You may have come across the five Ws of writing: Who, what, when, where, why (and how). A story is not complete without the five.
In a news story, the five Ws should be at the top of the story, within the lead or at least within the first few paragraphs. Don’t leave readers guessing or you will lose them.
The most important elements of the story – the five Ws – should be written in the beginning (no cliffhangers allowed!). Supporting elements should be written lastly.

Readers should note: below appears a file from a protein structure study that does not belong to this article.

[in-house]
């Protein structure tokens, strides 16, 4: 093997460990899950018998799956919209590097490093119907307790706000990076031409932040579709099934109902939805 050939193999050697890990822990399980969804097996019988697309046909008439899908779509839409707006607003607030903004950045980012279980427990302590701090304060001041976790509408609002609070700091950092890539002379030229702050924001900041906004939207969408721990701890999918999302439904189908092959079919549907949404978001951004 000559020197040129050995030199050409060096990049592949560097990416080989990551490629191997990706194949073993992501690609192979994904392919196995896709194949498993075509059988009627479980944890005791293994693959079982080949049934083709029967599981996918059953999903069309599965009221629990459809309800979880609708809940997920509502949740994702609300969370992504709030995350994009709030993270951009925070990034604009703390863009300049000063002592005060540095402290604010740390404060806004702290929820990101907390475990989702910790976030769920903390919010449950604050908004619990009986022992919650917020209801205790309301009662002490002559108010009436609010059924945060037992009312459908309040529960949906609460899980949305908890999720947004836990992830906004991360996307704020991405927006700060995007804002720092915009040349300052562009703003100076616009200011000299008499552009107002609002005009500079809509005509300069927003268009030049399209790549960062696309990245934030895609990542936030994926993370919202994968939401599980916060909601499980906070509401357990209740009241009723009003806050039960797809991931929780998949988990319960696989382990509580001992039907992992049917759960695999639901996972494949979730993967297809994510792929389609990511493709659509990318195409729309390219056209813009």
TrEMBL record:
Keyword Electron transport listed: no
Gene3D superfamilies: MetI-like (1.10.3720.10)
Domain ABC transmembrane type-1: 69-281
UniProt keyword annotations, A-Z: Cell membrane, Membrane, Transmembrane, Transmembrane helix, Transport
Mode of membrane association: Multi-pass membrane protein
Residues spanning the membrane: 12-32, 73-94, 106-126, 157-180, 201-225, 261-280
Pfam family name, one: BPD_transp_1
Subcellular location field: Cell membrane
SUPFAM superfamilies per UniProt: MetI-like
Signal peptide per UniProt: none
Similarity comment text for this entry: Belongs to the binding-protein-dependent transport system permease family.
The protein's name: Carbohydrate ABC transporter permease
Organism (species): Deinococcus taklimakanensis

In journalism, this is called writing in a pyramid form from the most important information to the least important.
This allows editors to easily edit stories for length, trimming useless information from the bottom if necessary for space on a page.
Building pyramids also allows readers to decide whether the story being read is worth further reading if the major elements are at the top of the story.
If writers form pyramids using the five Ws, they will be at their professional best.